Organic animal products may also have added benefits. English researchers found that organic milk has higher levels of Omega 3 fatty acids, which may help alleviate arthritis symptoms and enhance health, than non-organic milk. That may be one reason why organic milk is often richer and creamier than conventional. Other studies have shown that organic milk has higher levels of vitamin E and other antioxidants as well as minerals like calcium, iron, magnesium and chromium.

Q: How do the hormones and antibiotics in conventional animal products affect people with arthritis?

A: If you’re immune-compromised organic livestock products may be safer than conventional varieties. "When you eat meats, eggs or cheeses that contain antibiotics, you get a dose, too," says Dr. Gonzalez. "So, the next time you have a bacterial infection, there may be a greater chance that your antibiotics won’t work." Beyond that, he says, there's no evidence that conventional foods are bad for people with arthritis.

Q: Does eating organic guarantee a food that's free from pesticides?

A: Unfortunately, no. In fact, according to the USDA, 23 percent of organically grown produce contains pesticide residues. These residual chemicals can come from substances already in the soil, some of which have been banned for decades but remain in the ground, or from pesticides that drift onto organic crops from nearby non-organic fields. Still, says Hattner, the growers do their best to produce crops that are pesticide-free.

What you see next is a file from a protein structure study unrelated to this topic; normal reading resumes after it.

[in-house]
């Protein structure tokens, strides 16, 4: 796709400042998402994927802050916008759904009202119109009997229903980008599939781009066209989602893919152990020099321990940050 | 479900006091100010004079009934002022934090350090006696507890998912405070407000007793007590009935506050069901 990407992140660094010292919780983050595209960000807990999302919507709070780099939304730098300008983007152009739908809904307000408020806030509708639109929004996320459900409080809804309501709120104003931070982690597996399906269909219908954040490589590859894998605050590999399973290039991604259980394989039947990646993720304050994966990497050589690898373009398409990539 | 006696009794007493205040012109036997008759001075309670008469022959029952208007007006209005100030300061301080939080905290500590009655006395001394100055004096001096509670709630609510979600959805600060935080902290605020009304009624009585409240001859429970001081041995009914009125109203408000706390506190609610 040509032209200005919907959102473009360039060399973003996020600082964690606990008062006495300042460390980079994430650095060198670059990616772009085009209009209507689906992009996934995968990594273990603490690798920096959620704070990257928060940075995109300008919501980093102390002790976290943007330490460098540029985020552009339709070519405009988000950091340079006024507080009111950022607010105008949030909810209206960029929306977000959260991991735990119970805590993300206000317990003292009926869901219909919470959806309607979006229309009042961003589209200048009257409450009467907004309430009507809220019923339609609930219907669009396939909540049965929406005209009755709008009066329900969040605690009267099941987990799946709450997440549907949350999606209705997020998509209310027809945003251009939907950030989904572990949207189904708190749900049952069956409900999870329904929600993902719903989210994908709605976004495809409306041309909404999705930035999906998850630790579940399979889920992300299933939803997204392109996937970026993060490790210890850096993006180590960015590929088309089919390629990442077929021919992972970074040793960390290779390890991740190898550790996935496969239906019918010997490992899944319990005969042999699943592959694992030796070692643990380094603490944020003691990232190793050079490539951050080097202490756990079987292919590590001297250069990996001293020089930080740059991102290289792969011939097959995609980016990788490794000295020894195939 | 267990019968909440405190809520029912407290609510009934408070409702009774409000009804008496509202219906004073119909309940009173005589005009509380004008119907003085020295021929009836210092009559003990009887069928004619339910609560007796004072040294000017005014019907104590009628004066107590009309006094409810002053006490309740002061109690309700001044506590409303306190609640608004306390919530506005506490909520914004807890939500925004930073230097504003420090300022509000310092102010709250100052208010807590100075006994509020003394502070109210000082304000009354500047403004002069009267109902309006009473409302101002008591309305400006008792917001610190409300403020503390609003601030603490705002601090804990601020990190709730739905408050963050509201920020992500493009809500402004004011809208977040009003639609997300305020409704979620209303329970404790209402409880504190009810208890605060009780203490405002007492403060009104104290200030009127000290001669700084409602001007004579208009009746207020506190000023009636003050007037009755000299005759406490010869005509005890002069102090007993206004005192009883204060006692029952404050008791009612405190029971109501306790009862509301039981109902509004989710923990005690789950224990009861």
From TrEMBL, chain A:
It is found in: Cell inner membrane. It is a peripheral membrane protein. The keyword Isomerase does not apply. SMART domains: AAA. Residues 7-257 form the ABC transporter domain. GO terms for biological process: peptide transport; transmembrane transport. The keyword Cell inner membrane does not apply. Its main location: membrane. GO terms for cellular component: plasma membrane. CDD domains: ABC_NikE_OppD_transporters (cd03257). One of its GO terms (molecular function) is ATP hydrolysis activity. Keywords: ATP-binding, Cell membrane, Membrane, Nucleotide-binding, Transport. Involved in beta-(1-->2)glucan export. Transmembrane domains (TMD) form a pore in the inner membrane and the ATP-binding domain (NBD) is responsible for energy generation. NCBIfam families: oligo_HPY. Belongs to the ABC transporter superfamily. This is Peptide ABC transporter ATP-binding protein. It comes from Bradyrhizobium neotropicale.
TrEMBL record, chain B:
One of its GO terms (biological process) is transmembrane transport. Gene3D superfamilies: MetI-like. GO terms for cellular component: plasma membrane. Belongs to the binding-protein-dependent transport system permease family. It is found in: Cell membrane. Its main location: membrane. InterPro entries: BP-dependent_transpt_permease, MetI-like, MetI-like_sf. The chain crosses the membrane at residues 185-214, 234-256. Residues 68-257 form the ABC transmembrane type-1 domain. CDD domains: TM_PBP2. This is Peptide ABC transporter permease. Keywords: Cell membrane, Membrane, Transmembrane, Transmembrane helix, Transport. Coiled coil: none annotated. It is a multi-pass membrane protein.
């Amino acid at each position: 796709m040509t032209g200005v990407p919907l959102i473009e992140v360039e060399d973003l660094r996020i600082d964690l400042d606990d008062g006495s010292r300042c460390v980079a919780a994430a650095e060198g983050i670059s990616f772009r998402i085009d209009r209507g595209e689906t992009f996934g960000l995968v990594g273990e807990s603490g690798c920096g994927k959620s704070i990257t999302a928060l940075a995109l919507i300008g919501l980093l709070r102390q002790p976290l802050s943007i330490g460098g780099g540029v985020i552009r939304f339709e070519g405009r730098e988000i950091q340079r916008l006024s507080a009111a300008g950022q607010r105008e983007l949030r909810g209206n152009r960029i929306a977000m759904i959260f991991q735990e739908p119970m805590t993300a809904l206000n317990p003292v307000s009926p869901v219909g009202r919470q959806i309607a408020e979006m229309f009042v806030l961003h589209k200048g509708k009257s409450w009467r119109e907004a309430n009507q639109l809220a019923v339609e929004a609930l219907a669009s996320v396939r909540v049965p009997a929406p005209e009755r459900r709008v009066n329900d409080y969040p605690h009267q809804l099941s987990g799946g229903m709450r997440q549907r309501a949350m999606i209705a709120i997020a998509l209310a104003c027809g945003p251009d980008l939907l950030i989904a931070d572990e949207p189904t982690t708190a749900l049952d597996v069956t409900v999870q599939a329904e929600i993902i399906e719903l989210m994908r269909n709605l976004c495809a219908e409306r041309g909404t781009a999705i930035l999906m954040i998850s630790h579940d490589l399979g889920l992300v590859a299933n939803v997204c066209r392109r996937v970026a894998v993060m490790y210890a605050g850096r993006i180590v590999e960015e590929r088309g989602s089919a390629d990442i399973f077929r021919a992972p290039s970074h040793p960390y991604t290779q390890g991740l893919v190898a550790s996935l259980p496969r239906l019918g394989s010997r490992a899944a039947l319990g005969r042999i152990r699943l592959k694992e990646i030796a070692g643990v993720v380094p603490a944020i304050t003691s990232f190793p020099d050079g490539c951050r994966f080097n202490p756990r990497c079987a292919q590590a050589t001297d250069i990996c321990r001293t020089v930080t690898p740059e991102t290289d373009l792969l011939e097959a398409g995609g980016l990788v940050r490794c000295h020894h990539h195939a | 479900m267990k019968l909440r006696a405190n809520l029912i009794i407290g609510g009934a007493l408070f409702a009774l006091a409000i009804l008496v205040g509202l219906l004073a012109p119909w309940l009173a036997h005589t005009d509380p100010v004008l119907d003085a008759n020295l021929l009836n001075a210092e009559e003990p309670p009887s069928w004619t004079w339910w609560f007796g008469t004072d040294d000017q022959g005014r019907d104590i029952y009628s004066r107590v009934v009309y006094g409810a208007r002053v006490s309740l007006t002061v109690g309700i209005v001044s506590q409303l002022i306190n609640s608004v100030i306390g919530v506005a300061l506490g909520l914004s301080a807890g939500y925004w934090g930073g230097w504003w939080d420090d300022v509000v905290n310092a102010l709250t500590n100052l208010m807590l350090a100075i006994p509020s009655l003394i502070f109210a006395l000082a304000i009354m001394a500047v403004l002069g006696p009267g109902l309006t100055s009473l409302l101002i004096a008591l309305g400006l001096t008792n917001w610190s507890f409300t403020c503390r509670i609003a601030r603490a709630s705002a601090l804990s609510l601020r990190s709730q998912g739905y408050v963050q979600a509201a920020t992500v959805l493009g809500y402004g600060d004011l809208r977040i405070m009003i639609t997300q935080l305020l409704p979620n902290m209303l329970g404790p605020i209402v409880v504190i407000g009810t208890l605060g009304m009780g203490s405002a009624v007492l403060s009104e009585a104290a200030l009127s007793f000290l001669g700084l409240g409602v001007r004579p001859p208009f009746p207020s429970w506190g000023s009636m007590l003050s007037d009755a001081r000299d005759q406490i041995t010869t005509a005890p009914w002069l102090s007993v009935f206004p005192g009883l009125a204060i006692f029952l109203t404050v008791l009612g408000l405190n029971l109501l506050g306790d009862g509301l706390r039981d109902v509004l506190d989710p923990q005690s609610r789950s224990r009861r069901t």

Q: Does eating organic protect against food borne illness?

A: Not necessarily. A small outbreak of salmonella in organic eggs from Minnesota in 2011 shows that no food is immune to contamination. In fact, the Food and Drug Administration, or FDA, which oversees the safety of most of the U.S. food supply, reported at least 20 recalls due to pathogens in organic food in the last two years, while the Agriculture Department, which oversees meat safety, issued a recall of more than 34,000 pounds of organic beef last year due to possible contamination with E. coli. These regulatory bodies often focus on companies that reach the most people; so small local farms aren't always subject to the same safety standards.

Q: If I'm not buying organic, what can I do to reduce pesticide exposure from eating conventional foods?

A: First, don't stop eating fruits and vegetables. Even with potentially harmful chemicals, fruits and vegetables offer critical vitamins, minerals and antioxidants that help protect against a whole host of health conditions – not just arthritis. Washing produce with water or a water/vinegar rinse and choosing fruits and vegetables with hard exteriors or peels can help limit your exposure to pesticide residues, says Hattner. So if you can afford to buy some organic products, consider produce with soft exteriors like peaches, berries, spinach and bell peppers over foods like oranges, bananas and potatoes. And remember, variety is key. “The most important thing,” says Hattner, “is not to eat the same type of fruit everyday. There are toxins in fruit that are a natural part of the food.” So, if you eat 10 apples a day – organic or not – you’ll be getting a high amount of natural apple toxins.